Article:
Silicon Valley Bank’s inaugural report, Innovation in Women’s Health 2023, highlights the improving landscape of VC investment in women’s health, with a  314% increase in investments compared to a 28% rise in overall healthcare investments over the past five years. However, women’s health companies continue to be undervalued, with seed stage women’s health companies consistently valued 20% lower than health companies overall in 2023, which is attributed to inadequate data collection on women’s health conditions thus making it difficult to prove the market opportunity to investors of women’s health concerns.

The report also identifies a white space for investment, believing it primarily lies beyond fertility and pregnancy spaces, with menopause care emerging as one of the most promising. Despite the significant workforce impact—20% of women in the workforce today are menopausal—and the annual costs associated with lost productivity – $1.8 billion – due to menopause-related symptoms, nearly three-quarters (73%) of menopausal women do not seek help for their symptoms. This void in the marketplace became particularly pronounced when the link between hormone replacement therapy (HRT – the only supposed scientifically proven treatment available) and breast cancer was identified.

Per a recent Women of Wearables blog, 150 VCs are currently investing in women’s health and FemTech, signaling a growing interest and potential for innovation in this sector

Loving black couple relaxing in bed at home

From Menstruation to Menopause: FemTech is Stimulating Interest

FemTech encompasses a wide range of technology-enabled, consumer products and solutions designed to enhance the health and well-being of women. The following is just a sampling and represents some of the various aspects of women’s health being alleviated by these innovations.

Period Products

  • Therabody, most well-known for its massage guns, has a Period Pain Relief Program that combines its PowerDot 2.0 portable transcutaneous electrical nerve stimulation (TENS) device along with a free guided program on its app to provide a quick and natural alternative to menstrual pain relief methods.

Pleasure Pals

  • Knude Society, a UK sexual wellness company, offers good vibrations made by and for women, including toys and a “pleasure hub” – an online sexual wellness resource center created in partnership with somatic sex therapist, Emily King.

Pelvic Power

  • Elvie, a trailblazer in FemTech, created the Elvie Trainer, a pelvic floor training device and app to assist in perfecting Kegel workouts, a proven technique to mitigate postpartum and menopausal incontinence.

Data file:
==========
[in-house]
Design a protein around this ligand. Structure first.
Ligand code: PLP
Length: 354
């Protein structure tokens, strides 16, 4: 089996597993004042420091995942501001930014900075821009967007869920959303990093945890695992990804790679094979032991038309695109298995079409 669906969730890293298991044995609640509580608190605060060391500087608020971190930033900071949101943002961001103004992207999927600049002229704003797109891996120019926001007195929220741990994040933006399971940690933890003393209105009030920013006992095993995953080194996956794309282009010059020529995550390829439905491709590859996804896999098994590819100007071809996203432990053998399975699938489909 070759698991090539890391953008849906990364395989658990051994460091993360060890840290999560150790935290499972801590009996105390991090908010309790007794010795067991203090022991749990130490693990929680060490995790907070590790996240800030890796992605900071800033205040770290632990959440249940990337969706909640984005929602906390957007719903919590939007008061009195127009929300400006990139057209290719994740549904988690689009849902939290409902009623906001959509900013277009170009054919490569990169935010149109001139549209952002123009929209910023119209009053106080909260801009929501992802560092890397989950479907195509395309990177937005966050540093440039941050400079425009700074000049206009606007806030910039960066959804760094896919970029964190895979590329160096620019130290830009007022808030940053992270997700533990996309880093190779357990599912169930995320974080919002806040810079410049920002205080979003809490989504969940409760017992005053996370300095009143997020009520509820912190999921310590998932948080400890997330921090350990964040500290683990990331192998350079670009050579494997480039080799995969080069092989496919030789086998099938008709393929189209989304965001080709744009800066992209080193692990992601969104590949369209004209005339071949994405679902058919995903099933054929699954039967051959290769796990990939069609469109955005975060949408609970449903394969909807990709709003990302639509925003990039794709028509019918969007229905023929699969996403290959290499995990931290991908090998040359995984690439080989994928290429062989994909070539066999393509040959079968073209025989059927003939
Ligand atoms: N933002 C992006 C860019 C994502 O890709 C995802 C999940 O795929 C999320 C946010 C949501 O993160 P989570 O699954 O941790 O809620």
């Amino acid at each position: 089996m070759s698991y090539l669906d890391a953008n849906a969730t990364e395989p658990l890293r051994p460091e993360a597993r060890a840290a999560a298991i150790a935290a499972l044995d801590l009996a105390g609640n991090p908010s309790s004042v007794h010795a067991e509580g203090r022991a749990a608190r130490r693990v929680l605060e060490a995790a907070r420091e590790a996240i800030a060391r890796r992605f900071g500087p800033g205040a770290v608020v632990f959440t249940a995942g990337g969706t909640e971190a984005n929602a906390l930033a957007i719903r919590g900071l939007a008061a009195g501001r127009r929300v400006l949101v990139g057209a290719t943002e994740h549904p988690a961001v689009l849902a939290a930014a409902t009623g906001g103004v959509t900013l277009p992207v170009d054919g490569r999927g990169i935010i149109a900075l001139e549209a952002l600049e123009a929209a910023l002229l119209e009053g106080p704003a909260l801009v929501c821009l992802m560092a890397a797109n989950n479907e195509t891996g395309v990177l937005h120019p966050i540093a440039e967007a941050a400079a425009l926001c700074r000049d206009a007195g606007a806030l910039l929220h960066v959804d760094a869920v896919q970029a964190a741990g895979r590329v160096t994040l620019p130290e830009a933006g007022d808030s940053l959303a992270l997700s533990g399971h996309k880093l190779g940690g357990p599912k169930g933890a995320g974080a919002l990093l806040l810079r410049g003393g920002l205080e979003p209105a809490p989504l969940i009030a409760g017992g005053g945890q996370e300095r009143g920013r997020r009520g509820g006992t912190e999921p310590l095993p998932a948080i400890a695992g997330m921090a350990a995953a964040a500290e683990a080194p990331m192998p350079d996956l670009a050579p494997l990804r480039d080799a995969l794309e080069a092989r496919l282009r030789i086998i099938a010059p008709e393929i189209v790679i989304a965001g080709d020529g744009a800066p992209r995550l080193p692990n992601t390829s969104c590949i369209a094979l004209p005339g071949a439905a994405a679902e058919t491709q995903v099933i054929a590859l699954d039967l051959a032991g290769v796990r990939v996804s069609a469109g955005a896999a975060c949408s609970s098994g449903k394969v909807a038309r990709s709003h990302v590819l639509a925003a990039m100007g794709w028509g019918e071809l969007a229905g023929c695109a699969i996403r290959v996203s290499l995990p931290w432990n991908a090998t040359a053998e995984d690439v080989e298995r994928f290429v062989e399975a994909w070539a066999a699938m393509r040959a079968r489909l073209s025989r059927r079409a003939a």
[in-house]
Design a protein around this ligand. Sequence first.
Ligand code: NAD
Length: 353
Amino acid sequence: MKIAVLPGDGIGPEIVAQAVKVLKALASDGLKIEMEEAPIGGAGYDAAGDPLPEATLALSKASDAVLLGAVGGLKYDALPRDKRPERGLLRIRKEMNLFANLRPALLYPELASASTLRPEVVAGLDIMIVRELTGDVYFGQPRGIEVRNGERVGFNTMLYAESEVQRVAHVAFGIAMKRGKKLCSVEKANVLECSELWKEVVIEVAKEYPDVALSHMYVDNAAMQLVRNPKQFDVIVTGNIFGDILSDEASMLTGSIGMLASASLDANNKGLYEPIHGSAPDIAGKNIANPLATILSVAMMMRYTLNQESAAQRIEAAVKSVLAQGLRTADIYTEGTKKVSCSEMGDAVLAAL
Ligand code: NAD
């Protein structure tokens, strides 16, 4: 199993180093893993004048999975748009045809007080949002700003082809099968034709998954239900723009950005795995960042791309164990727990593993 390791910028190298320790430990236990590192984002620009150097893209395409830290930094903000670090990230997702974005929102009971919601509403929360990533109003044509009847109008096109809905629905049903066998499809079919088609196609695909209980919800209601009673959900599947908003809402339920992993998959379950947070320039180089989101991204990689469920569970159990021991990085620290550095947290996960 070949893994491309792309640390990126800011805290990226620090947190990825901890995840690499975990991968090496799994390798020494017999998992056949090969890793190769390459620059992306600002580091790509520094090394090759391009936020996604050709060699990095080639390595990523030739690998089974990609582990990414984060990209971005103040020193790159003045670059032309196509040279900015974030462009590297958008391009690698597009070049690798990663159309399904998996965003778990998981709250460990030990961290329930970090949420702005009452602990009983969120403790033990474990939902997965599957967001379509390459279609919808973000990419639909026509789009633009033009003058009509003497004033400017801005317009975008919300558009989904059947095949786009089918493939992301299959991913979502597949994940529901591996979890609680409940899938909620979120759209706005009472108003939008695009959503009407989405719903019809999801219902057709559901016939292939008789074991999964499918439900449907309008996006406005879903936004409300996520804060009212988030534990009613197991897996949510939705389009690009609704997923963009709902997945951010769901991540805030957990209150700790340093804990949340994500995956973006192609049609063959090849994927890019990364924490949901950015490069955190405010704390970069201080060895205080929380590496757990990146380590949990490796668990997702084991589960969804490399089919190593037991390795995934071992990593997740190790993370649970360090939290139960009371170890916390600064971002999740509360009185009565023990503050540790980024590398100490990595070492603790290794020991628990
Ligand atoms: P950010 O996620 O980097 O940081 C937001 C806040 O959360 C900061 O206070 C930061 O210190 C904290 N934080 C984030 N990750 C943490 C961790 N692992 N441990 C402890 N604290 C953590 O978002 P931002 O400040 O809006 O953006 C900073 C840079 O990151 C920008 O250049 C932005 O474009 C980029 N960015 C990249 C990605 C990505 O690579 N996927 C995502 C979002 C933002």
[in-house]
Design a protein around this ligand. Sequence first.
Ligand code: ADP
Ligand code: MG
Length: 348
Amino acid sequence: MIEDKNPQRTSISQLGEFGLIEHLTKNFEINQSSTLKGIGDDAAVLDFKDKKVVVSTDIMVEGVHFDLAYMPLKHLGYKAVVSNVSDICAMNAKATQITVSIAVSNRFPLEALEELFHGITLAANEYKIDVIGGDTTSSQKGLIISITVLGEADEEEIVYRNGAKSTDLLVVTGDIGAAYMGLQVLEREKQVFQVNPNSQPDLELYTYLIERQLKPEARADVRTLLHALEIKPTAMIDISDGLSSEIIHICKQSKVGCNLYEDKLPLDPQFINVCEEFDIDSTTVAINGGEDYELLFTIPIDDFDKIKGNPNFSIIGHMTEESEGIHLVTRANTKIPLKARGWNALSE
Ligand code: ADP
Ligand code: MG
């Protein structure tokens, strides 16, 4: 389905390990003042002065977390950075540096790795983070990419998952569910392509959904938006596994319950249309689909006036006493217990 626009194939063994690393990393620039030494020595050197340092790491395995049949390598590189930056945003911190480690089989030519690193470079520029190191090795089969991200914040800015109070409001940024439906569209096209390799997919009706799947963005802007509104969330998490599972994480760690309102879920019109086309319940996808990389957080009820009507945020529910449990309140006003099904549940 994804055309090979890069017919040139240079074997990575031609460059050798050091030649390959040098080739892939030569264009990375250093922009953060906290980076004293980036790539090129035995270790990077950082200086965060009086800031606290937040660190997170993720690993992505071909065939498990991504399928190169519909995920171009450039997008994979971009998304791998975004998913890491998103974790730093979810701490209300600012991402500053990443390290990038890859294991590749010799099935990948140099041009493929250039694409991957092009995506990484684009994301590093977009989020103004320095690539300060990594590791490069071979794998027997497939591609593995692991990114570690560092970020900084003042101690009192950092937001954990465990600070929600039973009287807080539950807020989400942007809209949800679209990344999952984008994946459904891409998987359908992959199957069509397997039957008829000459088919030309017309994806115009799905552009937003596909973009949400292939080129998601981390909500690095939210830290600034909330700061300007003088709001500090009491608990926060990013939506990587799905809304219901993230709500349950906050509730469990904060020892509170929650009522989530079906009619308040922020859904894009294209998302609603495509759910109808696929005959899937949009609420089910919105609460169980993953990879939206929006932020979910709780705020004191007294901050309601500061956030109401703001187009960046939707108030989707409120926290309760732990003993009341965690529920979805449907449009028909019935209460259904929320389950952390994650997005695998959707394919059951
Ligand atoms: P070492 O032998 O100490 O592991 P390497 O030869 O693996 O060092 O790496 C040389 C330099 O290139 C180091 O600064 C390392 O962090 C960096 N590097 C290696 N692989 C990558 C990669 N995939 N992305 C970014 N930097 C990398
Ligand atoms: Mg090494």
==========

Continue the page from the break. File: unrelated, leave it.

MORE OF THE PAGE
‘Pause Partners

  • Embr Labs’ Ember Wave is wearable tech that can control how hot or cold you feel by stimulating the nerves in the temperature-sensitive skin of the inner wrist to aid with numerous menopausal symptoms including hot flashes, night sweats, stress, and sleep.

Pretty female looking at her boyfriend in bed stock photo Overhead close up of young couple lying in bed together Romantic couple in love looking at each other Smiling young couple cuddling in bed

Influencing the Conversation: Non-tech, Sex-Specific Merch

Diet and nutrition play an important role in overall well-being, as do exercise, managing stress, and having social connections.  Many enterprises focus on one or more of these aspects of health and approach feminine concerns without hi-tech integrations.

Food Period makes functional food products that help women “have great periods” through seed syncing: eating certain seeds that contain certain micronutrients during certain phases in the menstrual cycle to “modulate sex hormones” and help alleviate period-related symptoms such as acne, cramps, and mood swings.

Lorals offers FDA-cleared latex lingerie (disposable panties) for oral sex that helps reduce the transmission of bodily fluids, harmful pathogens, and sexually transmitted infections (STIs). Lorals are considered qualified medical expenses, thus HSA and FSA plans reimburse for their purchase.  They’re dental dams, reinvented.

Dr. Kellyann Petrucci’s &ME women’s healthcare line markets a hormone replacement therapy alternative, Peri + Menopause, to aid with “the transition”. The supplement is formulated to naturally support weight management, ease hot flashes and sleep disturbances, as well as promote healthy digestion, calmness, relaxation, and a healthy mind.

Menopause retreats such as those offered by Canyon Ranch provide cognitive behavioral techniques like meditation, breathing, and lifestyle changes that can help with symptoms, thus the benefits are primarily psychological, as these vacations are not a cure for the physiological changes brought on by menopause.

Breaking Taboos and Empowering Change

The intersection of taboo topics—sex, drugs, politics, and money—provides a framework for understanding the complexities of women’s health today. Reading about some of the issues may seem uncomfortable at first. But that’s the point. By challenging taboos and prioritizing empowerment, the conversations being had on women’s health are not only prolific but also frank, sparking change, and making strides toward closing the gender gap in health.

Interested in driving innovation in women’s health? Let’s collaborate to advance your brand’s impact. Reach out to us at hello@migrationmarketing.com with the subject line: Blog Inquiry.


About the Author

Carol Maggio is a Senior Consulting Strategist at Migration Marketing.